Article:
Panasonic today at CES took the wraps off the GH5, which was previously disclosed as being in development at Photokina 2016.
One curiousity. The Panasonic press conference lasted <tk> minutes. The GH5 took all of two minutes of that. Before we got to the camera, Panasonic had to talk about batteries, autos, convection ovens, Technics audio products, Denver, Disney, and more (yes, Denver and Disney).
"Every single feature in [the GH5] was added after listening to customer feedback."
The new GH5 is similar externally to the GH4, with a few tweaks. This allows the use of most GH4 accessories, such as cages, with the GH5. That said, you can see external differences if you look: the internal flash is now gone (though the body is now better weather sealed); the record video button has grown in size and taken a prominent spot up top behind the shutter release; there’s a joystick to control autofocus point; and some distinct shape and position differences are clearly evident. The body is now freezeproof (14°F) as well as splash and dustproof.
Internally is where you’ll find most of the changes.
Not only do we have a new 20mp sensor, but the sensor now has 5-axis image stabilization behind it. As you might expect, there's 5Ghz Wi-Fi, with Bluetooth 4.2 LE connectivity. Interestingly, the GH5 is the first ILC camera I know of with a USB-C (3.1) port. The autofocus system is still depth-from-defocus (DFD), but with 225 areas now, with response to -4EV. The big change some will object to is the removal of the internal flash.
Video is where the GH4 shined, and it's where the GH5 shines, too. The 4K capabilities of the camera have been expanded to shoot 60P (though at 4:2:0 8-bit). The big news is that the GH5 can record 30P 4K at 4:2:2 10-bit internally onto an SD card. Or 180 fps at 4:2:0 8-bit and 1080P. That's one heck of a lot of data, and arguably the best spec we've seen from a still-camera-doing-video. It appears that not everything is done yet in firmware, though. Several of the highest end capabilities appear to need a firmware update in the near future to be active.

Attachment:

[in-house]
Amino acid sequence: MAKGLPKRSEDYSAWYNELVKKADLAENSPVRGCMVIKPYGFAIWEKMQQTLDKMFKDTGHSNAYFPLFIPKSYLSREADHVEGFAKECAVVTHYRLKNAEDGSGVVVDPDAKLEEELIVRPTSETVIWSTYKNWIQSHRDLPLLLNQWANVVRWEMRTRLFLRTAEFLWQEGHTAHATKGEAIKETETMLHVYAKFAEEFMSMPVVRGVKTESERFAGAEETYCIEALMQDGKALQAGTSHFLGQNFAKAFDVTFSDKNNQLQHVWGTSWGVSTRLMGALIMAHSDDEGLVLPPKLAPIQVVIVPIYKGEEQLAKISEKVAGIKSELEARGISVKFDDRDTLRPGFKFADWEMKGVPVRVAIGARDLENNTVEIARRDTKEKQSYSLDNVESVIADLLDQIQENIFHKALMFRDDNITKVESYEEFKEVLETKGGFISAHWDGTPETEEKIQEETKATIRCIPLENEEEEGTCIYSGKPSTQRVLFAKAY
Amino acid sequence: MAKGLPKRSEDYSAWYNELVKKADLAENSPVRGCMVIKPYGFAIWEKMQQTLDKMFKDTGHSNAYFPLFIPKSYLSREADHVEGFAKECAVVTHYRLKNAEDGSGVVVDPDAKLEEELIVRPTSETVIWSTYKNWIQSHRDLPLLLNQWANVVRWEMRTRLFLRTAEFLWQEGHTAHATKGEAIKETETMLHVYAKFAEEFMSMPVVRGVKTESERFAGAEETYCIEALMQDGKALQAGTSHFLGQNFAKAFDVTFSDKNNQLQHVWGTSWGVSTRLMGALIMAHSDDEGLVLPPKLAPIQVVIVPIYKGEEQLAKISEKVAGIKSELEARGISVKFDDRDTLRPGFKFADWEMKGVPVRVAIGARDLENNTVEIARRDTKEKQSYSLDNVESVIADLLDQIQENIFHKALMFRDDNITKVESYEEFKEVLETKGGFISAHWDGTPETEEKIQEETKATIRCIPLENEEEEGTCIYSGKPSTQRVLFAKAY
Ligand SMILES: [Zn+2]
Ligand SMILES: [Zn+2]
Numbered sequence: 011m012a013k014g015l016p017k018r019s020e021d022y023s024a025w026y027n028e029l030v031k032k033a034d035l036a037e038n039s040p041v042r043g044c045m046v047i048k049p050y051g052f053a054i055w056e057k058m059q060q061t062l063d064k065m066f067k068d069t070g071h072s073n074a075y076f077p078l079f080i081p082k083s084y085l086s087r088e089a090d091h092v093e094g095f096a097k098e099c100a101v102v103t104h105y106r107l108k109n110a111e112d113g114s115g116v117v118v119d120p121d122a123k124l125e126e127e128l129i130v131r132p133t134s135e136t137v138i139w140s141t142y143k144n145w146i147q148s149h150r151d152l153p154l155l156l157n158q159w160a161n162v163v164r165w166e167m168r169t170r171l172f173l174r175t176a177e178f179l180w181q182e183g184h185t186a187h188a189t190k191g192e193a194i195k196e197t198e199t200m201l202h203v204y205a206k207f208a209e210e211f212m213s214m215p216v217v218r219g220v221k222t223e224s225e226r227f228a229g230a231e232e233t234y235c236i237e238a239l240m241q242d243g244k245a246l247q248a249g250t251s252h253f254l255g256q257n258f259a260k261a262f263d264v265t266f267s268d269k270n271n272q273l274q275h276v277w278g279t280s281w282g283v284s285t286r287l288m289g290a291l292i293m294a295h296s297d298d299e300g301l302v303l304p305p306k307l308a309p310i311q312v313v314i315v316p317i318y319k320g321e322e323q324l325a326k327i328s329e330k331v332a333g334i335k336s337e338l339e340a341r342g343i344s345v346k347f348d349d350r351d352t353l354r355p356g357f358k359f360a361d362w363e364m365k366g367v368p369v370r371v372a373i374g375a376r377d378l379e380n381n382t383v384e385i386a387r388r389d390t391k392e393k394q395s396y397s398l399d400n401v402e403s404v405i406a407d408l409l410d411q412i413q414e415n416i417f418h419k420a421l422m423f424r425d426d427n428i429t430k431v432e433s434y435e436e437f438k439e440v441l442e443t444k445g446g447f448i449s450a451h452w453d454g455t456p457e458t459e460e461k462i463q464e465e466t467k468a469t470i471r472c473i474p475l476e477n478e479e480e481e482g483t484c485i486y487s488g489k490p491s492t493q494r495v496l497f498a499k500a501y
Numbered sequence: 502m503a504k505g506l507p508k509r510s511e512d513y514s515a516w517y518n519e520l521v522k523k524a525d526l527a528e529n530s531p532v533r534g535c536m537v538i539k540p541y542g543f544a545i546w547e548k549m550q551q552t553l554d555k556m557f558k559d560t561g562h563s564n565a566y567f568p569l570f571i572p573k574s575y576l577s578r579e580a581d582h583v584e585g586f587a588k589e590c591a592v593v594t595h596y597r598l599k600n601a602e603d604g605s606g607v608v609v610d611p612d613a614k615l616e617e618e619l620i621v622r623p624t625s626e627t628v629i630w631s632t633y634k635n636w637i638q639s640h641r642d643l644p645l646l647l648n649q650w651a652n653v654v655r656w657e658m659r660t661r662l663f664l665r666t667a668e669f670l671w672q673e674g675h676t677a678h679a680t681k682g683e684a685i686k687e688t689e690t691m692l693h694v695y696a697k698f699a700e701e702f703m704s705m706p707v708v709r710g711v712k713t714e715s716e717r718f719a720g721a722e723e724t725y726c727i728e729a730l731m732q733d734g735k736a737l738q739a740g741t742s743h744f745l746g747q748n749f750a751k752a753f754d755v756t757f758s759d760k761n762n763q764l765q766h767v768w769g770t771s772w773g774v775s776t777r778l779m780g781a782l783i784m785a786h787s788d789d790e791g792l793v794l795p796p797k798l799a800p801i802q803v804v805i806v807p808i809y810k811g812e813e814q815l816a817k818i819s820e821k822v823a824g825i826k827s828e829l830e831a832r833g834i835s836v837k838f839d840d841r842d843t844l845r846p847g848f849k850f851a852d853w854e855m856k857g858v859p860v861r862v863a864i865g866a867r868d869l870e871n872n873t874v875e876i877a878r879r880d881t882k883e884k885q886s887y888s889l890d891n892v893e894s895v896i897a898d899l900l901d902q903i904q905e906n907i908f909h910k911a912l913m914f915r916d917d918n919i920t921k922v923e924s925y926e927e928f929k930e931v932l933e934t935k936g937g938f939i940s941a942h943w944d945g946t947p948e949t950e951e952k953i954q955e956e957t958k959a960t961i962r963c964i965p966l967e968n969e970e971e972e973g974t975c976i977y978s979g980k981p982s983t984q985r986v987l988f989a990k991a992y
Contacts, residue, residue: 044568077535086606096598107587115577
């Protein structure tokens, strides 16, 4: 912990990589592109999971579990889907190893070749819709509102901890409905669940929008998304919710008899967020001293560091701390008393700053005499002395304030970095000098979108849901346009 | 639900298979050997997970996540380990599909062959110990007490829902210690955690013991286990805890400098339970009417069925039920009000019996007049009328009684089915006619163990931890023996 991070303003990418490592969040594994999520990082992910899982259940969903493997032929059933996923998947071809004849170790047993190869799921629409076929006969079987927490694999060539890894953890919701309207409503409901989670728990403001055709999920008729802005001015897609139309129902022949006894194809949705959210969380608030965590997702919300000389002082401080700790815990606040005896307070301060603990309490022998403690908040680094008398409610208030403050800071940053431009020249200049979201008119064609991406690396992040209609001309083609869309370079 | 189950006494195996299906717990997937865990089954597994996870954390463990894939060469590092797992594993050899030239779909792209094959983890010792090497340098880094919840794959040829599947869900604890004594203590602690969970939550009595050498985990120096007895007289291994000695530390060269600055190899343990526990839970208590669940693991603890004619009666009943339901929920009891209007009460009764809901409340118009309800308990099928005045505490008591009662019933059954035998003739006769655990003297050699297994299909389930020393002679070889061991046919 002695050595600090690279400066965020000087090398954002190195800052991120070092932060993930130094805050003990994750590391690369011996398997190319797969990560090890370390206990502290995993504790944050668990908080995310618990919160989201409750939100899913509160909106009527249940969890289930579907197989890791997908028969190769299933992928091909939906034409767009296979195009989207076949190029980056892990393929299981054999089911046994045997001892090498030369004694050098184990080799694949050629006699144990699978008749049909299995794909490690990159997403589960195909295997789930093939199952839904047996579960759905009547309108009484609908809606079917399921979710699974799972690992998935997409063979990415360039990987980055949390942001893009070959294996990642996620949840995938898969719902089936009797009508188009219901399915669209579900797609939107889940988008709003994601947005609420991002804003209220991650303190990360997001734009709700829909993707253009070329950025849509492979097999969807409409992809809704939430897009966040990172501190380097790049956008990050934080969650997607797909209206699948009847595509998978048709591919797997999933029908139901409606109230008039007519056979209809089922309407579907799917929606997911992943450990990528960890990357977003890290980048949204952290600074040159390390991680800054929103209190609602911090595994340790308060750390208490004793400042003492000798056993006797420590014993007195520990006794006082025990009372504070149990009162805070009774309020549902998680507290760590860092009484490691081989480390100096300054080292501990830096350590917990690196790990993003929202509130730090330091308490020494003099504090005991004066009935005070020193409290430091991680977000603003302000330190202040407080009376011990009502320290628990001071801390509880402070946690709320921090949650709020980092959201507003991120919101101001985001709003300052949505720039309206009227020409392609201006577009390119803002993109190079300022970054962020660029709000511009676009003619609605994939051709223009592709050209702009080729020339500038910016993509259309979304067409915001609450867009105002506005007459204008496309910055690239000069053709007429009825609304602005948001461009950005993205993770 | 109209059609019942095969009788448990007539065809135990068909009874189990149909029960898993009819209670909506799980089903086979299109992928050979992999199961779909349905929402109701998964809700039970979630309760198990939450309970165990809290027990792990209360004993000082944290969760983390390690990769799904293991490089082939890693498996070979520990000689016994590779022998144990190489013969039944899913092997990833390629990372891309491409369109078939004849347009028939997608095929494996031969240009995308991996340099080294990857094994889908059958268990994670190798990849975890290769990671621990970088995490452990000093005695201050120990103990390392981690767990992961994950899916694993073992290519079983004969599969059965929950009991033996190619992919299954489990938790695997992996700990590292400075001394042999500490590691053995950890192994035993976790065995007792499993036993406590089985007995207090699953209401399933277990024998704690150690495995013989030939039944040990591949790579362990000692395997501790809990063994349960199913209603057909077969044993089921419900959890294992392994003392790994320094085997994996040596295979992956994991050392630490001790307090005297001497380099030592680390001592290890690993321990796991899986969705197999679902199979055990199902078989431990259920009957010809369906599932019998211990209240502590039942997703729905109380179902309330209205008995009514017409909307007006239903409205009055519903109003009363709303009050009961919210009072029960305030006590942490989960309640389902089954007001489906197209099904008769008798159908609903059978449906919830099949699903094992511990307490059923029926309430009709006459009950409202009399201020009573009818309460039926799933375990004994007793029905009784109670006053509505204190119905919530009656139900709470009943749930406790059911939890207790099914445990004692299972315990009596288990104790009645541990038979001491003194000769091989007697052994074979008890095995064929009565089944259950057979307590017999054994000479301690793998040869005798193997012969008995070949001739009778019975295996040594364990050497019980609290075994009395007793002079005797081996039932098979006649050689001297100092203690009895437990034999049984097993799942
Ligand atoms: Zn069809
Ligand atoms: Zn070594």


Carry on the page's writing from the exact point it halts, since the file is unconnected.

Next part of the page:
Thankfully Panasonic has moved on from the ugly and cumbersome DMW-YAGH Interface Unit. Instead we get a less expensive XLR audio interface unit that clips into the hot shoe. That's a little awkward, in that you'll be using up your only mount point for the XLR interface, and any microphone or radio receiver you use starts to get a little problematic in terms of where you'll mount it. Thus, you should probably be thinking "cage" if you're really going to start upgrading the camera with external units.
I'm sure you'll hear about 18mp stills at 30 fps, but this is a special burst shooting setting that relies on the video stream, and has limits on how it buffers. There's also 8mp stills at 30 or 60 fps. But normally, the camera is restricted to 12 fps shooting stills. Note that autofocus is limited to 9 fps.
Panasonic is walking that fine line between keeping the things that made/make a product great and giving it new and longer life into the future with the GH5. For the most part, they seem to have succeeded. No unnecessary reshaping the body, moving communication ports to new locations, and the other things that would have gotten the existing GH4 crowd worked up. I suppose a few will lament the passing of the internal flash, but it doesn’t strike me that many GH4 users were using that feature, let alone relying upon it. I’m a firm believer that light sources shouldn’t be small, low-powered, and anchored near the camera/subject axis anyway.
The real question is whether the GH5 moved the internal video capabilities far enough to get the GH4 crowd to spring US$<tk> for the update. Without running a GH5 through its paces in production video, I’m not sure I can answer this question, or even predict the answer. It does seem like Panasonic has been paying attention to the details that the professional video crowd looks closely at, though.
Thus, I suspect that those using the GH4 as a primary video camera will be impressed by the new version and think strongly about updating. Those using a GH4 as a B-roll camera might have a slightly different evaluation, however. It would really depend upon what their main camera was, whether the B-roll camera was mounted or handheld, and whether the GH5’s 4:2:2 internal recording matches up better with what they primarily shoot with.
Along with the GH5, Panasonic also introduced the GF9, the camera that sits pretty much at the opposite spectrum as the GH5 (e.g. low consumer versus high pro). <tk>
In addition, Panasonic launched four new versions of current lenses: 12-35mm f/2.8, 35-100mm f/2.8, 45-200mm f/4-5.6, and 100-300mm f/4-5.6. These updates were all minor, to the point of no real visual differences externally. A new lens, the 12-60mm f/2.8-4 was also launched.
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